Sunday, July 28, 2013

Summer Roses

One of the true joys of summer is when garden roses come into flower.

You can't easily find garden roses in Manhattan, where I live during the week.  The roses available in the city are mostly mass-produced and imported from far away, and are bred for uniformity and longevity.  While beautiful, they are somewhat soul-less, I think.  They are too perfect.  And they often don't have a scent to them.

Garden roses, on the other hand, are blowzy and luscious, and all the more beautiful because they are not uniform.  That's their allure to me.  Another pleasure is they fill the house with their heady scent.  I love them.

We are fortunate to have garden roses available at the Farmers' Market near us in the country, from the good ladies of Cedar Farm.  Their stand at the market is always filled with gorgeous and unusual flowers, and is a must-stop destination for us every Saturday morning that we are at Darlington.  Boy has arranged a selection of garden roses that we picked up from them yesterday, and has arranged them in an early nineteenth century Anglo-Irish sweetmeat dish in our drawing room.

They will soon start dropping their petals, slowly surrendering them to the inevitable passage of time.

Ephemeral beauty.

Photograph by Boy Fenwick

Wednesday, July 24, 2013

Rest in Peace, Dear Pompey

It is with sadness and gratitude that I write today's post, a tribute to my dear sweet Pompey, who died two weeks ago after fourteen happy, play-filled years.  Pompey's amusing antics graced this blog many times since its inception, and he was a great favorite of many of you, Dear Reader.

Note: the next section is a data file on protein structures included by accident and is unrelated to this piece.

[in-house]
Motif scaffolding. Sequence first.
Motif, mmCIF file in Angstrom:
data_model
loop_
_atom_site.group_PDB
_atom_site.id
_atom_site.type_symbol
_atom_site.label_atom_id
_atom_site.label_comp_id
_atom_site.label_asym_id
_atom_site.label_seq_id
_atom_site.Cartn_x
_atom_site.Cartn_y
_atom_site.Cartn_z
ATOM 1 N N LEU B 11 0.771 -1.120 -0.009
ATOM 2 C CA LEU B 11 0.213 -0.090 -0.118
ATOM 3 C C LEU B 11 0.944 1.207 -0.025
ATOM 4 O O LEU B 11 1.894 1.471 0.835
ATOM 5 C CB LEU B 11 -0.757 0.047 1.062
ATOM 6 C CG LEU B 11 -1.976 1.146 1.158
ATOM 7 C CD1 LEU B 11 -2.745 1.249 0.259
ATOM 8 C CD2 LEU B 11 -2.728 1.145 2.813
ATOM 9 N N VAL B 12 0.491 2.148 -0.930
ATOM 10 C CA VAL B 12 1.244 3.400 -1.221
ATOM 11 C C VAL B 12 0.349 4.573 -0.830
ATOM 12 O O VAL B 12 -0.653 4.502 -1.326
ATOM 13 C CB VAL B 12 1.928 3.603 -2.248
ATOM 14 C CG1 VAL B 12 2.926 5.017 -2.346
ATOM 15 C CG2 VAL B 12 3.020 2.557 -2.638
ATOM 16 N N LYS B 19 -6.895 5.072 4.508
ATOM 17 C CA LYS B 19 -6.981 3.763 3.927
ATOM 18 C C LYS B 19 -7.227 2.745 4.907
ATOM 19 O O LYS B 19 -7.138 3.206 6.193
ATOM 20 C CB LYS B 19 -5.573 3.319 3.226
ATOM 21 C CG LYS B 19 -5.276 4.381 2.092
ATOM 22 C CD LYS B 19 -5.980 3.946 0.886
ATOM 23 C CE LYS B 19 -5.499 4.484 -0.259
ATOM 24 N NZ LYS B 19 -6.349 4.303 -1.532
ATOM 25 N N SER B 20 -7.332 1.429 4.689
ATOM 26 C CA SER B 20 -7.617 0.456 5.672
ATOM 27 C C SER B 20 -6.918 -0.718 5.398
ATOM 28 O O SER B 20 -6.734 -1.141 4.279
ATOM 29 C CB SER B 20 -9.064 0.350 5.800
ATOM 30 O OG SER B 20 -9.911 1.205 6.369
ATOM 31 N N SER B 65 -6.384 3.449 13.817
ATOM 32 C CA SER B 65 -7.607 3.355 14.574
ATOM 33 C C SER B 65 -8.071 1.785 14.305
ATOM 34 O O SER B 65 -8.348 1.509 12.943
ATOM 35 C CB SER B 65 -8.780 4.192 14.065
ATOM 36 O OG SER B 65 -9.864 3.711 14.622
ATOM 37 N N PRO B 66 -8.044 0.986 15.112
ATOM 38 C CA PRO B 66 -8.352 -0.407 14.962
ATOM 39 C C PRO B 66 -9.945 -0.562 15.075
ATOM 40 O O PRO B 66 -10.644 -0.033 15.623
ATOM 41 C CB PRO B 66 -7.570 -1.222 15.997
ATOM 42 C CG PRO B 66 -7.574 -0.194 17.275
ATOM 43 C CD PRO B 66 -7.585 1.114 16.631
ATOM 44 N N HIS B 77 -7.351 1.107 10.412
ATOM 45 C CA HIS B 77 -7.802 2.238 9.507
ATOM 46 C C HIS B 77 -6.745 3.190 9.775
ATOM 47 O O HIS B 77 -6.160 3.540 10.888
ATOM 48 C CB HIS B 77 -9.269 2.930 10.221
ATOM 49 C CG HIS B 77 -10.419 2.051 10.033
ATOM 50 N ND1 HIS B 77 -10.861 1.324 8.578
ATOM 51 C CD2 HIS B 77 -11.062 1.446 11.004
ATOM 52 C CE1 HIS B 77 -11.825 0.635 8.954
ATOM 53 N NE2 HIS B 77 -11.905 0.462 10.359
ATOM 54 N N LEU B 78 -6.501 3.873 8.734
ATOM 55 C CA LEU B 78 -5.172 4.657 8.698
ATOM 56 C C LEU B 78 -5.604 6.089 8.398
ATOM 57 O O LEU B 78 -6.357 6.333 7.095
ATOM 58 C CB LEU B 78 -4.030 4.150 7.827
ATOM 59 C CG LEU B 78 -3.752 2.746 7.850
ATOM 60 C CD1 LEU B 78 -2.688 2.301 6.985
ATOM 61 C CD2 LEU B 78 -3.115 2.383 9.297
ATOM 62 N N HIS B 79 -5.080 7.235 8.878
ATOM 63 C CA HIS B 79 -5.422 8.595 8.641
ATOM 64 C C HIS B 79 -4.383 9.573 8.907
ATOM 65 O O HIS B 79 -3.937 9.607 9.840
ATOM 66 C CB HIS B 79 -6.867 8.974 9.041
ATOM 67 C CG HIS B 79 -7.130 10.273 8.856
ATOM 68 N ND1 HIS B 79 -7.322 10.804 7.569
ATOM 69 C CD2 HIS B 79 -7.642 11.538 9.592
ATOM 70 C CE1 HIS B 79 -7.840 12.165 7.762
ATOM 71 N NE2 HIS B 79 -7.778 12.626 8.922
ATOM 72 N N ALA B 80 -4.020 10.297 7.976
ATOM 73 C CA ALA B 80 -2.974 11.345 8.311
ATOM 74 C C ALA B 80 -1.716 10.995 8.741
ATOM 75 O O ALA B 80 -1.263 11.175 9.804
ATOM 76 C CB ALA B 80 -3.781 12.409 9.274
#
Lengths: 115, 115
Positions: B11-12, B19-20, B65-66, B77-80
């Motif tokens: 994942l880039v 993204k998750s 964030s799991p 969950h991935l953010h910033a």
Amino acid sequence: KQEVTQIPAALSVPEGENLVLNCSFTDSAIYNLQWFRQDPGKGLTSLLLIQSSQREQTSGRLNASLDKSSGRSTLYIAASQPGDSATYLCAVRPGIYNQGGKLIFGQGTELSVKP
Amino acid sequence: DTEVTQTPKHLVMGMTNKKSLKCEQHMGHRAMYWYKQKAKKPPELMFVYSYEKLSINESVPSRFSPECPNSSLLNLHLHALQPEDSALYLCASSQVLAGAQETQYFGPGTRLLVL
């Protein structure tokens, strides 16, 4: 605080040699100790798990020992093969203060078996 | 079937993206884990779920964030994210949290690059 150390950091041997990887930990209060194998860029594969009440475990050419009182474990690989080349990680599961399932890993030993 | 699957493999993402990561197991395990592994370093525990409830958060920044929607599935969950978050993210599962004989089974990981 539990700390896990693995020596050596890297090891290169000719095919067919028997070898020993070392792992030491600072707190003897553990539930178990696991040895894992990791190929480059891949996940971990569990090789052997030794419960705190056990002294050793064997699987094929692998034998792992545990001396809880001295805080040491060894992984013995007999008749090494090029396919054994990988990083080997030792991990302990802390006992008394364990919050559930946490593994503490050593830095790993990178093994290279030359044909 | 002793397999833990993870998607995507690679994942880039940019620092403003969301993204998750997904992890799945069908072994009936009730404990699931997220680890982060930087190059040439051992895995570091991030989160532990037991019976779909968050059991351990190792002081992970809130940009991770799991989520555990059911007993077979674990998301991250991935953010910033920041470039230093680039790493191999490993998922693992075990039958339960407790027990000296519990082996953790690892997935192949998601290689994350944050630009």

Pompey Darling
May 12, 1999 to July 8, 2013

As I reported in an earlier post, we almost lost Pompey a few short months ago.  We were fortunate that we didn't, though, and the time we had with him since then allowed us to cherish him all the more, loving him every moment we were blessed with his company until it came time for us to say our final goodbye.

At the kitchen door at Darlington

Funny, faithful, and loving, Pompey was all that I could have ever hoped for in what I truly believe is "man's best friend."  He certainly was mine.  I did adore him so.

In my arms on Nantucket

I fell in love with Pompey the day we brought him home to Darlington House as a wee puppy, fourteen years ago.  I've been besotted with him ever since.  So good natured, so friendly, such a fond companion Pompey was.  I called him my "little one" and my "little man."  Boy called him his "sweet familiar," a name that always made me smile.

Snug in his bed at Darlington